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Christine Jensen New York Quartet at Gesu Cultural Centre (2019 MIJF)

Christine Jensen New York Quartet with Helen Sung, Allison Miller and Noriko Ueda (Gesu Cultural Centre. 3 July 2019. Montreal International Jazz Festival. Review by Sebastian Scotney) “The Festival gave me carte blanche to invite – well, basically, anyone I wanted to,” Christine Jensen explained. And this fascinating concert was the result. The birth of a supergroup? Possibly. A near-ideal context in which four fine musicians can give of their best, and where all can live and breathe, and bring surprises drawing on the stylistic range that each of their individual careers has encompassed? You betcha.

Christine Jensen New York Quartet (Photo: Alexanne Brisson/MIFJ)

Talking of surprises, there can surely be no other pianist capable of springing quite so many in such short spaces of time as Helen Sung. Her musical mind and her fingers are so mind-bogglingly fast, she has the capacity to pack superhuman amounts of energy and variety into just a few seconds of music. During, say a 32-bar song form, while the rest of us might have mused peremptorily on just one vague thought, she seemed to have found 29 new and different comping patterns, fitted in meaningful conversations with both Mulgrew Miller and Leopold Godowsky – and probably also ploughed an entire field, read bedtime stories to all the children in the street and come up with a new design for a space station. One might be tempted to speculate that, with both of her parents in the hall, having specially travelled up from Houston, she was determined to live every moment this gig to the full, but what is undeniable is that this was piano playing at a quite unbelievably jaw-dropping level. Montreal may be the most “European” of North American cities, and quite substantial sections of this gig had moved far from American jazz models into more unashamedly lyrical territory. I found Christine Jensen’s wonderfully spacious tune The Garden Hour brought out real beauty and focus in her sound, but that gentleness may also have been reinforced by the care, subtlety and richness of ideas that her band-mates were furnishing the accompaniment, and the way this band, even on its first outing, was already moving with one unified heart-beat through the rubato and colla voce sections of that piece. Other pieces took the group to other places. Sung’s tune H-Town had punch and sass. Alison Miller’s Congratulations and Condolences was underpinned by the drummer’s sheer joy and crispness of attack. And the encore went to a completely different place. Jensen called the Irving Berlin standard How Deep is the Ocean in homage to Lee Konitz and Brad Mehldau who had once played it in the same room at Gesu, and suddenly we were into a very different sound world. Jensen’s sound had more of a rasp to it. Bassist Noriko Ueda was suddenly transformed too. Rather than fitting her very fine bass-craft impeccably and almost invisibly deep in textures, she produced a completely attention-grabbing (in the best sense) solo with fearsomely accurate left-hand speed up and down the fingerboard and improbable virtuosity. Wow. A very special gig, then. Hopefully this quartet will have more chances to perform. Or as William Wordsworth once wrote: “Here I stand, not only with the sense/Of present pleasure, but with pleasing thoughts/That in this moment there is life and food/For future years.” Amen to that!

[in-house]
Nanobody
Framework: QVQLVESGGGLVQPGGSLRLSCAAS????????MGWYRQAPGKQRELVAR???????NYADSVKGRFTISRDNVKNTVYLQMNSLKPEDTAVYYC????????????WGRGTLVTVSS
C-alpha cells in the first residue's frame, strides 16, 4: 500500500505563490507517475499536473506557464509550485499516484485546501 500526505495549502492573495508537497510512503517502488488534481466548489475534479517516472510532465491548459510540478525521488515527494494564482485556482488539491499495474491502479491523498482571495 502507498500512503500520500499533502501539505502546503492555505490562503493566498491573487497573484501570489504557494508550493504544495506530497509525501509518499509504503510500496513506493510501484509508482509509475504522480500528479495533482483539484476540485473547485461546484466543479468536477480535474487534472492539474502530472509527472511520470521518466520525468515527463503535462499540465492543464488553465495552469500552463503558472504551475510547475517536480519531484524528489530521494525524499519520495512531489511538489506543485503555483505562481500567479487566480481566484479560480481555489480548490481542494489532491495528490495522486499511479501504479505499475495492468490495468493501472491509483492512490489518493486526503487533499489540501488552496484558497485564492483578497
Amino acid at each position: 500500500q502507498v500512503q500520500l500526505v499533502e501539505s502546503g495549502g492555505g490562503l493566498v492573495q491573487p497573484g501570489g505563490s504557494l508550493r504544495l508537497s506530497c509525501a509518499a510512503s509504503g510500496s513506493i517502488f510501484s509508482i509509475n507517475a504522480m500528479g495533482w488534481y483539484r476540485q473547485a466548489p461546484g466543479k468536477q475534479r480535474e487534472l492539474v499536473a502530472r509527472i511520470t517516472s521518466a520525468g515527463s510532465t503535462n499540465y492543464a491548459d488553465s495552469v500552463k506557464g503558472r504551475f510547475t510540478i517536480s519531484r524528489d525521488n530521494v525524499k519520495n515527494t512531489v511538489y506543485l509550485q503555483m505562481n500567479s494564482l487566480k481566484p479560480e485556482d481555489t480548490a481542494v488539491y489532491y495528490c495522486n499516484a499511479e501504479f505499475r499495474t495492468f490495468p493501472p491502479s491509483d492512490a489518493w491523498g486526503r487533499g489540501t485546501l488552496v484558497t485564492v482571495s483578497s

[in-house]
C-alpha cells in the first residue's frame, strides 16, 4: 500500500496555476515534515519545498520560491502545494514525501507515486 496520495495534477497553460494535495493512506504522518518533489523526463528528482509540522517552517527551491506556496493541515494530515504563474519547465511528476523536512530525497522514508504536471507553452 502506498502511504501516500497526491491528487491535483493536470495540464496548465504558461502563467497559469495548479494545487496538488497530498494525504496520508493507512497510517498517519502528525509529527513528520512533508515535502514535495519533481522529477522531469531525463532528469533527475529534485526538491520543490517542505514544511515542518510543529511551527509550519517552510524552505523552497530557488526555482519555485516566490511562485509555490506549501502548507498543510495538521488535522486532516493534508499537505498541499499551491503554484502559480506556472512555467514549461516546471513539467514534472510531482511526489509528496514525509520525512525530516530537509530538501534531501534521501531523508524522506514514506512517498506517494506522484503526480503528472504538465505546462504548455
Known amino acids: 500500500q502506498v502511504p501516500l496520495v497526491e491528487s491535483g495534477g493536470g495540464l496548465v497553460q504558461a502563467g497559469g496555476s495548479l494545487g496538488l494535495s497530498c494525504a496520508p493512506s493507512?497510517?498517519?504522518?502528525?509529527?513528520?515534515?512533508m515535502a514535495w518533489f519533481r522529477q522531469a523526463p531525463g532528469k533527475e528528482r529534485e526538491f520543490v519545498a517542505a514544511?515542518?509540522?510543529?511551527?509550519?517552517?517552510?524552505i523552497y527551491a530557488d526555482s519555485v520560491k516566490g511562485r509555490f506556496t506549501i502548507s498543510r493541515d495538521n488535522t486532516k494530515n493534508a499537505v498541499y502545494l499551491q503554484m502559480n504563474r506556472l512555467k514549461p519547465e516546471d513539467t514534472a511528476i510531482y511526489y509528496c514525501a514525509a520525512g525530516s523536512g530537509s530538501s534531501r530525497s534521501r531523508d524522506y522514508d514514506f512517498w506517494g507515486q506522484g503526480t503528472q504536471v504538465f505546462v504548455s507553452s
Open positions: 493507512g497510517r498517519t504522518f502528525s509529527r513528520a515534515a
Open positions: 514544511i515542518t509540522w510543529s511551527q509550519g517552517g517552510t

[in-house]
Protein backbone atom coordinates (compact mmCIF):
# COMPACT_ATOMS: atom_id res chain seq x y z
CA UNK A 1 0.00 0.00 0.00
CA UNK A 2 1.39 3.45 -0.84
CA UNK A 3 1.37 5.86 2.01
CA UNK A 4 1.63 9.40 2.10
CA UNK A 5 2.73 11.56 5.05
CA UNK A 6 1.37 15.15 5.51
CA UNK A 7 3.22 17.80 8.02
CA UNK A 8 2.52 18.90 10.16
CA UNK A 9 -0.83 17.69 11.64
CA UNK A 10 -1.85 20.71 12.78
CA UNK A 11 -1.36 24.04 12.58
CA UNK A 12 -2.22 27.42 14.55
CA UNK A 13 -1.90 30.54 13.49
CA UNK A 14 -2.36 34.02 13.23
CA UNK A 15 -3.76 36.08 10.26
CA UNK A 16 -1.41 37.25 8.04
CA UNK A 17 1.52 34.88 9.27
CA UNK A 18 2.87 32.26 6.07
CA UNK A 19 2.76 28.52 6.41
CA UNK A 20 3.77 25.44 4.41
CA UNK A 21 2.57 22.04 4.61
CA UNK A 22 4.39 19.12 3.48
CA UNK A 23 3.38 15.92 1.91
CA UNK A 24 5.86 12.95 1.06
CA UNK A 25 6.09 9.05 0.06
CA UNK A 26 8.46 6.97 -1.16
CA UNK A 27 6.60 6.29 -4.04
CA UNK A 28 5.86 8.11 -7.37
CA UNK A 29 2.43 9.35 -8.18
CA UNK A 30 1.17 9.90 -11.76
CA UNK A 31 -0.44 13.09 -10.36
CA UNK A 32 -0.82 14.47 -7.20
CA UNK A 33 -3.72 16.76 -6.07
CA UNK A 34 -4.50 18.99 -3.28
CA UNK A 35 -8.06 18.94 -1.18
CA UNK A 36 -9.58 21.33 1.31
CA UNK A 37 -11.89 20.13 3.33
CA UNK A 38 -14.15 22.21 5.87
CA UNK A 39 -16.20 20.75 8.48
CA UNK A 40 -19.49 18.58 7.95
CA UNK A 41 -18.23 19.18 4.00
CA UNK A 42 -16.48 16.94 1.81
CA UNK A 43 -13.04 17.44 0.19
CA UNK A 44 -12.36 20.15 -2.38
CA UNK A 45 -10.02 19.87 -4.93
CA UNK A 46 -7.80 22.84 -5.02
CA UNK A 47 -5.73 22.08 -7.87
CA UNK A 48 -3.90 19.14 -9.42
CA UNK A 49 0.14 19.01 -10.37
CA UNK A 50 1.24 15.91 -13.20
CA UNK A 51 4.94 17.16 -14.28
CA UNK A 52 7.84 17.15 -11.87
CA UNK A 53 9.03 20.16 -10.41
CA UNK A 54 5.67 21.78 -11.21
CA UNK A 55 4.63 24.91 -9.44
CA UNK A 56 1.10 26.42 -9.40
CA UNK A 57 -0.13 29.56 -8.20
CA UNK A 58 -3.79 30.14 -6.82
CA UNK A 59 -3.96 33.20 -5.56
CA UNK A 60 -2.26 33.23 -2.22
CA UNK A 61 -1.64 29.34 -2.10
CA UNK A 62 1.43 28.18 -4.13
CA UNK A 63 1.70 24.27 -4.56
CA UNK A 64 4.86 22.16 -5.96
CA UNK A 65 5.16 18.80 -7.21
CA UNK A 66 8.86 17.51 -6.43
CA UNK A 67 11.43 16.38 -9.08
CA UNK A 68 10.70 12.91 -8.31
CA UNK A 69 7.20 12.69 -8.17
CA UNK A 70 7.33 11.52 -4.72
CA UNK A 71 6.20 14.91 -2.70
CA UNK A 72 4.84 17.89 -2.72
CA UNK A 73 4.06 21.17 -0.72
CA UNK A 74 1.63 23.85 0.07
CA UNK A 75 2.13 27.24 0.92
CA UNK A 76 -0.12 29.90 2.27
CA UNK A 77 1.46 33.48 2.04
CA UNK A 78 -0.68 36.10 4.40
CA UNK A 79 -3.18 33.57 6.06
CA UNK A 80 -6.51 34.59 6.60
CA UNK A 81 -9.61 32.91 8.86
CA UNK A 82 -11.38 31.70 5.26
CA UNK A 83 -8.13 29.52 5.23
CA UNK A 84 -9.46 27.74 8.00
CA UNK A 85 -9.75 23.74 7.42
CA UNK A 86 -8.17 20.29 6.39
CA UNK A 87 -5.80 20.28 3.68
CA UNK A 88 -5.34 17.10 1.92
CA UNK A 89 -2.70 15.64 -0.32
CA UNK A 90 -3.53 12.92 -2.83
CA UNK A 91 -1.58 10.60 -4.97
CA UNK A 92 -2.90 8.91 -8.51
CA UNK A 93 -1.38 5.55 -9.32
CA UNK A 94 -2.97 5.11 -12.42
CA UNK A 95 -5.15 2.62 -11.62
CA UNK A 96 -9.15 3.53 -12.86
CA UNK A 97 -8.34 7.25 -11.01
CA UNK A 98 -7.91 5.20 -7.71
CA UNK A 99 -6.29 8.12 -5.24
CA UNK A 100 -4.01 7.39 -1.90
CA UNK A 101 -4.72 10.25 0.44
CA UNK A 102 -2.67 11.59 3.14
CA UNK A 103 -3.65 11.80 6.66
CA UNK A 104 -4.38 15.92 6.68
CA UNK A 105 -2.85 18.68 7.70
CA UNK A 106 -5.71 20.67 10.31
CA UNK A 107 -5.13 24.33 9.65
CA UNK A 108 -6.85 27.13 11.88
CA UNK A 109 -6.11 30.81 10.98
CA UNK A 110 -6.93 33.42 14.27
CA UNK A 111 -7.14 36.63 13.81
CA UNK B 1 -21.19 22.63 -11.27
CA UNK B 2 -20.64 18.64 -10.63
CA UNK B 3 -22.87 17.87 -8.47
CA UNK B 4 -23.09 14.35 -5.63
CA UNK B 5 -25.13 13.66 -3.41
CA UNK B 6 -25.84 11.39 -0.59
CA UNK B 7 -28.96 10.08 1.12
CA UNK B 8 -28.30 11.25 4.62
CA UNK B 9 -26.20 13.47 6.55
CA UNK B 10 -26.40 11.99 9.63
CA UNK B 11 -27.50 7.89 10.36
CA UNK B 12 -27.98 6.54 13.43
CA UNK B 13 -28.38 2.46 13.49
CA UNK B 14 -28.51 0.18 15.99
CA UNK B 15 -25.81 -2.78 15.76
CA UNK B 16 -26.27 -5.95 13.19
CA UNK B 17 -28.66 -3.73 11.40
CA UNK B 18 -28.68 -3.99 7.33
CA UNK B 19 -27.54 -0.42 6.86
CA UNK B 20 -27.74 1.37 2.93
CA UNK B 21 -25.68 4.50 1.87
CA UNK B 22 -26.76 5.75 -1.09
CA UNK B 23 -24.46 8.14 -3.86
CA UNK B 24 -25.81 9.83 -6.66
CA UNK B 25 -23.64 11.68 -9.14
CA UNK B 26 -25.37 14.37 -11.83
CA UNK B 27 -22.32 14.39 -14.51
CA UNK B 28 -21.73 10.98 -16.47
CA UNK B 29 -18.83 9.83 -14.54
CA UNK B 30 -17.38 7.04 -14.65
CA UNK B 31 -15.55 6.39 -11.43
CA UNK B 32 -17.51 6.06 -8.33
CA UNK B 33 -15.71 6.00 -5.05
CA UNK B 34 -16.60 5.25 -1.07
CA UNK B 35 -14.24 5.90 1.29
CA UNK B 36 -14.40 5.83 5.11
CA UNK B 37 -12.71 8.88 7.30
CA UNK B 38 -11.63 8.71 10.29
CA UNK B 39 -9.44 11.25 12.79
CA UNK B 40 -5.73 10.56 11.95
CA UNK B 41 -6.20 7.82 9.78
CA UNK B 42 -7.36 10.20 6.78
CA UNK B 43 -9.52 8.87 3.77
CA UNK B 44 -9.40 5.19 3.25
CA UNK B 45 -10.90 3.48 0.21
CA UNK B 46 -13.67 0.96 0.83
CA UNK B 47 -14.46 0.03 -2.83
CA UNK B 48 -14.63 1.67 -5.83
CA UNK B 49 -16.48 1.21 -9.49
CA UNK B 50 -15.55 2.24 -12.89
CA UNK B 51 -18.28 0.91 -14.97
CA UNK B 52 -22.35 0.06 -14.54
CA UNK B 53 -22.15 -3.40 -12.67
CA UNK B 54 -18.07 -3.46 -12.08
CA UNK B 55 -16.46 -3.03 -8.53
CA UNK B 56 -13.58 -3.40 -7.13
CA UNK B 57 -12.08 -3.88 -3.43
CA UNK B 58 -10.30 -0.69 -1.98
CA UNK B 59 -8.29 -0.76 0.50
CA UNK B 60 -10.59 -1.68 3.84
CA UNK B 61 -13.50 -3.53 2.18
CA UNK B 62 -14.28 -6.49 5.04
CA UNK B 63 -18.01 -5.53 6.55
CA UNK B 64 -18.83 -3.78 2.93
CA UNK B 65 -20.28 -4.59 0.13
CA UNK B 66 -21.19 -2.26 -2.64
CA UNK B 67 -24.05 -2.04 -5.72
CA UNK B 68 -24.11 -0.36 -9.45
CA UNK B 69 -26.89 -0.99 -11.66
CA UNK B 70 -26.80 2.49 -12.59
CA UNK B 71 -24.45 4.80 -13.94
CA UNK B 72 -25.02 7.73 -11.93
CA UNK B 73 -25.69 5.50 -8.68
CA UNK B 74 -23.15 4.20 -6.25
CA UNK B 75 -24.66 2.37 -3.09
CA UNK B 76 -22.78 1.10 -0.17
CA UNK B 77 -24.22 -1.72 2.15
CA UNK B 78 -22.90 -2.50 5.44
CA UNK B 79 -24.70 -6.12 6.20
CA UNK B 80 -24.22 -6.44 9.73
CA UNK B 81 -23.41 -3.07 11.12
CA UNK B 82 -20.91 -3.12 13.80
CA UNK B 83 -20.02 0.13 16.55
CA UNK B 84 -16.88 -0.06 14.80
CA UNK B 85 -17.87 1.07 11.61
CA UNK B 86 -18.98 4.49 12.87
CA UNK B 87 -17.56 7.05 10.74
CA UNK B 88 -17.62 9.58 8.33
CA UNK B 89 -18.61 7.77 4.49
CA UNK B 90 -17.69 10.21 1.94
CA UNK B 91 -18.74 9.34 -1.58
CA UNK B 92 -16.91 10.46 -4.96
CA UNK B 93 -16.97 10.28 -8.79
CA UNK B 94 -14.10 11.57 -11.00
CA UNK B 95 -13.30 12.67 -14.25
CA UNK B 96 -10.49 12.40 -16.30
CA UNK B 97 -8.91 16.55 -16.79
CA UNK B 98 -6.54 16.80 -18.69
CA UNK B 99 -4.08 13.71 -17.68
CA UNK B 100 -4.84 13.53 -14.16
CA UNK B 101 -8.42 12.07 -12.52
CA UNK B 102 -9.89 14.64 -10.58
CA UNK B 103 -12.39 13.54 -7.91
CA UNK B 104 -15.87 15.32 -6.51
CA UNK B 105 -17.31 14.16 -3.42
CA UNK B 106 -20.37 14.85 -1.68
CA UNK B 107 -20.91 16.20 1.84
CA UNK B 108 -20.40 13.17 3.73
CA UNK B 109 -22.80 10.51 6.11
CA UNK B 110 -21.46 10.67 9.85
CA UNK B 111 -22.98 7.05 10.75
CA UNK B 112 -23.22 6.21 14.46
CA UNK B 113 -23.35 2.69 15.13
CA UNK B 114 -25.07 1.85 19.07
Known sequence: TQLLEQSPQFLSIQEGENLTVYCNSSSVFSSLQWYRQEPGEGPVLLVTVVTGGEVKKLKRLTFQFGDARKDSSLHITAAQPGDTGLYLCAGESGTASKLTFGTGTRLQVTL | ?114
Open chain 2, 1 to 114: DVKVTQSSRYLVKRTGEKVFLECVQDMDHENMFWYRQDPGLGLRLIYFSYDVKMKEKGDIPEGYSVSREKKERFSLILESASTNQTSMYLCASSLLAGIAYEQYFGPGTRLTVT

Curtain call: Helen Sung, Christine Jensen, Allison Miller and Noriko Ueda (iPhone snap: Sebastian Scotney)

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